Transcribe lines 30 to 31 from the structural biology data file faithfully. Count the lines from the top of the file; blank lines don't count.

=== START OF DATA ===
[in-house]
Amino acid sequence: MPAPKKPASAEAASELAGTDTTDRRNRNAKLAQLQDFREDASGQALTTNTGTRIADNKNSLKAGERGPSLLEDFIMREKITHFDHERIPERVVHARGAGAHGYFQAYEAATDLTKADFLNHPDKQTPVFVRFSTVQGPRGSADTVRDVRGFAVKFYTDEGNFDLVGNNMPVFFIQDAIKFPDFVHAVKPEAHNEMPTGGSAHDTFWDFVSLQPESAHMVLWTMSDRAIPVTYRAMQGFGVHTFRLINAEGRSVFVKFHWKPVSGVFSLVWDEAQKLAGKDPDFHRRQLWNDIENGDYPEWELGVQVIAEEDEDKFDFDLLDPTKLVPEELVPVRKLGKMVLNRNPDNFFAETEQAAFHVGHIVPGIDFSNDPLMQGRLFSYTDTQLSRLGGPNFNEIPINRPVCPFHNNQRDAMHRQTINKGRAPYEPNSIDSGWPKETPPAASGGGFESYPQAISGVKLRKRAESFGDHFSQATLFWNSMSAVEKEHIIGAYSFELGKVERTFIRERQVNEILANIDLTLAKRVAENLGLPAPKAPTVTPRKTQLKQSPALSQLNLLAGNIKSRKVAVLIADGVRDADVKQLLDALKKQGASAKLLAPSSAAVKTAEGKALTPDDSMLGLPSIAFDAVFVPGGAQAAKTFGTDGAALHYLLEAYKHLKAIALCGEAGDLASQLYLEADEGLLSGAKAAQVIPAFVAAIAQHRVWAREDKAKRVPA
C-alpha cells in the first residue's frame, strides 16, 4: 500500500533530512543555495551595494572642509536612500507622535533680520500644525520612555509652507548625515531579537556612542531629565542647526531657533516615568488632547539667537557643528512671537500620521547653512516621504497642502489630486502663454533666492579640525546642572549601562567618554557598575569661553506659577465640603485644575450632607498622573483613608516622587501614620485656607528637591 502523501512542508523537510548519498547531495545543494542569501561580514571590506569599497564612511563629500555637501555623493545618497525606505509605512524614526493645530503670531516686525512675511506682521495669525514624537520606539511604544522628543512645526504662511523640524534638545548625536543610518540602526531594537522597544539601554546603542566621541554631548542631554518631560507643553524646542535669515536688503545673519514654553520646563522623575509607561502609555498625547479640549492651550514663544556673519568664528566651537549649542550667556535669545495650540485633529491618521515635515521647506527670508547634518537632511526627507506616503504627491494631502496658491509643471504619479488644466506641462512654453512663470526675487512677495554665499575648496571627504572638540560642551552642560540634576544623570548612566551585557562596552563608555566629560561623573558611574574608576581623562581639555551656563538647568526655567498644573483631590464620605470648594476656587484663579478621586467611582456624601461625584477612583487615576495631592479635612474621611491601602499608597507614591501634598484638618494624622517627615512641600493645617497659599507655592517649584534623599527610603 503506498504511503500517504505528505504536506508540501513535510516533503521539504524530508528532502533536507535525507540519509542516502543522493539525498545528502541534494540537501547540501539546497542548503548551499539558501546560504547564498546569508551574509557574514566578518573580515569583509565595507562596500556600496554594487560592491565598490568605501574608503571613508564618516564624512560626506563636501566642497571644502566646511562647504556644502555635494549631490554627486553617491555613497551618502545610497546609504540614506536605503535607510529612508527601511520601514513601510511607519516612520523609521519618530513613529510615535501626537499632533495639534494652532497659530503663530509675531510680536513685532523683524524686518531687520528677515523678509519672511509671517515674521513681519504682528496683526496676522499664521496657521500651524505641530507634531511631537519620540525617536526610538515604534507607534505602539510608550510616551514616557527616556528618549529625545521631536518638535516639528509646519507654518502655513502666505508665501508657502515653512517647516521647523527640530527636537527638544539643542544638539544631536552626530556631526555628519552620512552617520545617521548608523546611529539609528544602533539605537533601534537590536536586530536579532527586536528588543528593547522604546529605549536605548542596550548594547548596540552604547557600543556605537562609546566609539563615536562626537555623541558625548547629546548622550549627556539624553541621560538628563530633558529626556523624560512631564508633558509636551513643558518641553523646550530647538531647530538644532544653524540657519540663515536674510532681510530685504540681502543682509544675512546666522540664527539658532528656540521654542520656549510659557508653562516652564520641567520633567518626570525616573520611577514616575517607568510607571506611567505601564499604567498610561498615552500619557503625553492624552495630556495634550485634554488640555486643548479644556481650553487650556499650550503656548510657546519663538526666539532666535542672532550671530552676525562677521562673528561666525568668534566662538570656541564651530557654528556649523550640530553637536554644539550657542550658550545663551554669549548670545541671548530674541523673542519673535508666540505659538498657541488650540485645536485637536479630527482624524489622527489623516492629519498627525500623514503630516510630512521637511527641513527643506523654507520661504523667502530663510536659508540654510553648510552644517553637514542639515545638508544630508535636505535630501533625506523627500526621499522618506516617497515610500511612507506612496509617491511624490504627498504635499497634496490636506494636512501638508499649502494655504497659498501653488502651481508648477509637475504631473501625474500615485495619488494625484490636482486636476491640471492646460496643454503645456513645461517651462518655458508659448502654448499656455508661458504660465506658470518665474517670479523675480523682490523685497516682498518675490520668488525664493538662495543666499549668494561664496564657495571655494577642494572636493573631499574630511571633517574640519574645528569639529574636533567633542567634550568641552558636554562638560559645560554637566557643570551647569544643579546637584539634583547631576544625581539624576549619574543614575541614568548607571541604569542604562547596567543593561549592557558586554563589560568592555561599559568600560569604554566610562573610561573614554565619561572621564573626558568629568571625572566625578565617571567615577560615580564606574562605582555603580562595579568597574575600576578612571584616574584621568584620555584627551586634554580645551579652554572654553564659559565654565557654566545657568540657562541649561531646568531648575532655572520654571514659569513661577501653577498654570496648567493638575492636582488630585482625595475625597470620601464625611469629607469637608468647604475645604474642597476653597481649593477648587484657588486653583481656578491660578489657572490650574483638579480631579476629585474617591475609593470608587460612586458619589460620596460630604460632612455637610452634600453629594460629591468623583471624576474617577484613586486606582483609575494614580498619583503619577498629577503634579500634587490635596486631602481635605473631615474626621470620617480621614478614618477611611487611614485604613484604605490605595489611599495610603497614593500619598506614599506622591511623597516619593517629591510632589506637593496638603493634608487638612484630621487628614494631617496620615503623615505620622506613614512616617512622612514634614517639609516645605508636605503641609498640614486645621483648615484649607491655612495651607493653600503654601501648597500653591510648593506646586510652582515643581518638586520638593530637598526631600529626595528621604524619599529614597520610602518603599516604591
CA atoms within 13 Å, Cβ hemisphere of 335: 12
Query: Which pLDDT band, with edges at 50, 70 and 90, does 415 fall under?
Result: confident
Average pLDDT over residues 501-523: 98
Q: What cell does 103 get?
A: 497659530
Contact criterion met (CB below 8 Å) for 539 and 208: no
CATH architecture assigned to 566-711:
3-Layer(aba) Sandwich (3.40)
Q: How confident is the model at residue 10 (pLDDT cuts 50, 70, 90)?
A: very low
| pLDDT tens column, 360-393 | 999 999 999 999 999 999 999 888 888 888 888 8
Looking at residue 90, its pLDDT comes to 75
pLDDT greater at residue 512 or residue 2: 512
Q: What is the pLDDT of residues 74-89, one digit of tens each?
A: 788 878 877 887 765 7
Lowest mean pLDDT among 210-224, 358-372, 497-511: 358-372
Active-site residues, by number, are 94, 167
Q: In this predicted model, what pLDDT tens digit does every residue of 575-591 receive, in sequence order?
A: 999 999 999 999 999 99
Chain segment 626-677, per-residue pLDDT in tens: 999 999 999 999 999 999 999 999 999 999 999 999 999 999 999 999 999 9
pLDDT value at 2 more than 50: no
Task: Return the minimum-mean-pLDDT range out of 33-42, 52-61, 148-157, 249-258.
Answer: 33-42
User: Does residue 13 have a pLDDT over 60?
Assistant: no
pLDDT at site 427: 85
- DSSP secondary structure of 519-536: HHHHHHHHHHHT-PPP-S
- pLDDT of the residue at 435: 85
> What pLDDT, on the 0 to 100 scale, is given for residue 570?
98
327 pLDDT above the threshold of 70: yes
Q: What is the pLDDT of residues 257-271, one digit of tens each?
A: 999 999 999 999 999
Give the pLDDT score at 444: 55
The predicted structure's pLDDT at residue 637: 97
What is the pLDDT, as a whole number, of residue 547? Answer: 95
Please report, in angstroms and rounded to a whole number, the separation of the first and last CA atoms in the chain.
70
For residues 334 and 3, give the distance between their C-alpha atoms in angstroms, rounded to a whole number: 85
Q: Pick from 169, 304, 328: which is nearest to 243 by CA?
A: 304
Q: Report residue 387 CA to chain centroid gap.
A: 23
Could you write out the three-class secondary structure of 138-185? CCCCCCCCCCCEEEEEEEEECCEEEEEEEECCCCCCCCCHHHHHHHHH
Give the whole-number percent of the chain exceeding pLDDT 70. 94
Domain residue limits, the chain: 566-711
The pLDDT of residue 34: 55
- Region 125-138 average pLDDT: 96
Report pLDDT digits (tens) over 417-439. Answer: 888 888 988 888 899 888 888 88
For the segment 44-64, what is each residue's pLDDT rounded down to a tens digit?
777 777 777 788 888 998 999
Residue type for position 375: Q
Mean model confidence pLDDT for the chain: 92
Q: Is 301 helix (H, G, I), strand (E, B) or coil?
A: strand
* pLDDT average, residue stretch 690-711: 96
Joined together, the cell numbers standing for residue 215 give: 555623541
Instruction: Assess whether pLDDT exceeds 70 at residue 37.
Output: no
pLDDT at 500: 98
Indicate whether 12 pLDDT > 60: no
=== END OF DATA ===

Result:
pLDDT at site 427: 85
- DSSP secondary structure of 519-536: HHHHHHHHHHHT-PPP-S